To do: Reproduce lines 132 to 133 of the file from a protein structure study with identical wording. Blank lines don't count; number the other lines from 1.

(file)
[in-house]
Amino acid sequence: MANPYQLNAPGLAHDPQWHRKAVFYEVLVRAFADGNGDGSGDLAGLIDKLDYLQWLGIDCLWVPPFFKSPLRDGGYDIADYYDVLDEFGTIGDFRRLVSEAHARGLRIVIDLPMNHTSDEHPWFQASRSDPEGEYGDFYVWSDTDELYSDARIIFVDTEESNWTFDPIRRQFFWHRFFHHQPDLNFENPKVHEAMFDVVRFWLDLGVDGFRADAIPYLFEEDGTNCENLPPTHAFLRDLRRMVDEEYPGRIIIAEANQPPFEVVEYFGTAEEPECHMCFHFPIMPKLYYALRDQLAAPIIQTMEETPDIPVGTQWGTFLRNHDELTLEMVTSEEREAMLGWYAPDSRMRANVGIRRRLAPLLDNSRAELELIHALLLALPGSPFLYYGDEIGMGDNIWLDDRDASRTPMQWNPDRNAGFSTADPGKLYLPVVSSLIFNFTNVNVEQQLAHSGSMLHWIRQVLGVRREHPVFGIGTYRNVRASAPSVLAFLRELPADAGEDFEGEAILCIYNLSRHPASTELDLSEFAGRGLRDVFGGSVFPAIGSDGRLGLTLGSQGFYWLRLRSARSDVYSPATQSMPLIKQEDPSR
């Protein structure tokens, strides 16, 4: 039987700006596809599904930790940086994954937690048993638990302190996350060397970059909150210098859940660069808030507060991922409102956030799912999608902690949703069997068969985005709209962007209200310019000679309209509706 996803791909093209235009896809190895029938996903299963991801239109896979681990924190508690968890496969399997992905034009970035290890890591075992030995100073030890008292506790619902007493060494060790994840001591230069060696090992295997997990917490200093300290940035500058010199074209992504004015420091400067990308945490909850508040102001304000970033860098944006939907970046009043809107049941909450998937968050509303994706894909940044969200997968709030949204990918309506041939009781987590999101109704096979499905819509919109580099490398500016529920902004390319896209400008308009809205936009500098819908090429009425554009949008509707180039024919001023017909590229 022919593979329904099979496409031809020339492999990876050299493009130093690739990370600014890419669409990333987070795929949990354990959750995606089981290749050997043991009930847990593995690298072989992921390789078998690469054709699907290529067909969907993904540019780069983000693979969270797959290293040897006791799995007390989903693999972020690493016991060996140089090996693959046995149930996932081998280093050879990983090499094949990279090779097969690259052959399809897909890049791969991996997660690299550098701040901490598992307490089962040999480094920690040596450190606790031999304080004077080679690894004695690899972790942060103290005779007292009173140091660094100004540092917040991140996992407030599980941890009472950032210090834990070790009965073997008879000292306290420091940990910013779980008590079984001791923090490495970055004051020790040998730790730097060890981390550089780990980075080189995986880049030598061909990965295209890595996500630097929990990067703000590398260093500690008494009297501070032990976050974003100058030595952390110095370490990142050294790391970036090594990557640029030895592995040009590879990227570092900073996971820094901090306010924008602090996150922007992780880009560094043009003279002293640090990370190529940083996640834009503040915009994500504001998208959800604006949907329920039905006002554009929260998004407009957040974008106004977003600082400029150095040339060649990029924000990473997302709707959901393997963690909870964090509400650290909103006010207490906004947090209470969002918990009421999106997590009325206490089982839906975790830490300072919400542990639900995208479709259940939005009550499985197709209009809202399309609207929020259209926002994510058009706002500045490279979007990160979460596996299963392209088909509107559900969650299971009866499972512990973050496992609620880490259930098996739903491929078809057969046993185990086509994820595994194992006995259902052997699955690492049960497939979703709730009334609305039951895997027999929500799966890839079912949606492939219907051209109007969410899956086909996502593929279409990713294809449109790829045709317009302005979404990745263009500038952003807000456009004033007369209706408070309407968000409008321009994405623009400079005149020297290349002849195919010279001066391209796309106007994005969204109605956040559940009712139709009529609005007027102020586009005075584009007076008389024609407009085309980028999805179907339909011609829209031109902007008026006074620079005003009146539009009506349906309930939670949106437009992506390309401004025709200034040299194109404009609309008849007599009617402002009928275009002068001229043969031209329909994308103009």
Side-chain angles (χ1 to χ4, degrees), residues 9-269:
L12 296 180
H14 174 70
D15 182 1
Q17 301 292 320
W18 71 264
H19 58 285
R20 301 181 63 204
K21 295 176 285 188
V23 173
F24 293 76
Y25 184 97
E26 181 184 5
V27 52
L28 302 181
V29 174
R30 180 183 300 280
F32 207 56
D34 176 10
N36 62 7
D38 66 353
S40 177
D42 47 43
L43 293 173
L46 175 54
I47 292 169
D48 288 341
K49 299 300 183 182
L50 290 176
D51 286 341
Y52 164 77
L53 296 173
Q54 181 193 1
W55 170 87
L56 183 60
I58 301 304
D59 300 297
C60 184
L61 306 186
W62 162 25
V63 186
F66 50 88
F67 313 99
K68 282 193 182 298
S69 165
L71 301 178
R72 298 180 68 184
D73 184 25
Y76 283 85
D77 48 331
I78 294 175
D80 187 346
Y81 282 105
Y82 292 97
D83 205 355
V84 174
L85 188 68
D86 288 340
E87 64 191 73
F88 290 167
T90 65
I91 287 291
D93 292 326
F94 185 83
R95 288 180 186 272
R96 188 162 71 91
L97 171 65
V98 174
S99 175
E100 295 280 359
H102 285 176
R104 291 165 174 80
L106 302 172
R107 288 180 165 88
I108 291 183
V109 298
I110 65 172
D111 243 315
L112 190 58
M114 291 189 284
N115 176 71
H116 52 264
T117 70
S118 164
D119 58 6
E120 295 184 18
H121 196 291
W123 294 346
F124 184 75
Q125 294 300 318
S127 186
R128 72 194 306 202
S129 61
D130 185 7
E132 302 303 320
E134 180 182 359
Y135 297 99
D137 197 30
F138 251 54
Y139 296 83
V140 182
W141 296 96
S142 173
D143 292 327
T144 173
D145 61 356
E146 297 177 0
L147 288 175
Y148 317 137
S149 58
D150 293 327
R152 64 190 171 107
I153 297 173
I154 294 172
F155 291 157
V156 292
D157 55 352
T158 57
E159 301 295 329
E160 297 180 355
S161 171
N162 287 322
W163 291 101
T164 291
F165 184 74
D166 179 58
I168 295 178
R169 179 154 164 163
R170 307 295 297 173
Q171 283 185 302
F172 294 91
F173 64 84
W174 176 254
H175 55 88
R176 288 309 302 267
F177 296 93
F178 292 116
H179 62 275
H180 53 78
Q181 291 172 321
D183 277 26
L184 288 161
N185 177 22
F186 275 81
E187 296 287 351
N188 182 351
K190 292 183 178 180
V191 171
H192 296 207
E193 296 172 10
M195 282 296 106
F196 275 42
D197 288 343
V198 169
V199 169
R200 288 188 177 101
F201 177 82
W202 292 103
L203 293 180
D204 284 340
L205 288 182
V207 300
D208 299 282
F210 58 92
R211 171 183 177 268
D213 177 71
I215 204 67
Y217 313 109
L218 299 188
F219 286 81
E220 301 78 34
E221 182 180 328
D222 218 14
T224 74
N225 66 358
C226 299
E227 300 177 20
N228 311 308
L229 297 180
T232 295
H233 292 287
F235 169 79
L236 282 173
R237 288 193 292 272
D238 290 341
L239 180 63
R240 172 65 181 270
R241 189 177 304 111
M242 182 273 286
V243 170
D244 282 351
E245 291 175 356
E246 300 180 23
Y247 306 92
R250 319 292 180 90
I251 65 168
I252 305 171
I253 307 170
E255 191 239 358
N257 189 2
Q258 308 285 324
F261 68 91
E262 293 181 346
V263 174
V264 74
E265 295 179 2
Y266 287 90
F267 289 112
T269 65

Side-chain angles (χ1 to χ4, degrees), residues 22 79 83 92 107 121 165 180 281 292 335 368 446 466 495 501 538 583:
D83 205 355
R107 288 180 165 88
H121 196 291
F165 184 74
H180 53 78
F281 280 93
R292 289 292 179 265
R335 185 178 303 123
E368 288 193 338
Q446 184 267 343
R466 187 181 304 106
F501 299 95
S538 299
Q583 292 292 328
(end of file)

R170 307 295 297 173
Q171 283 185 302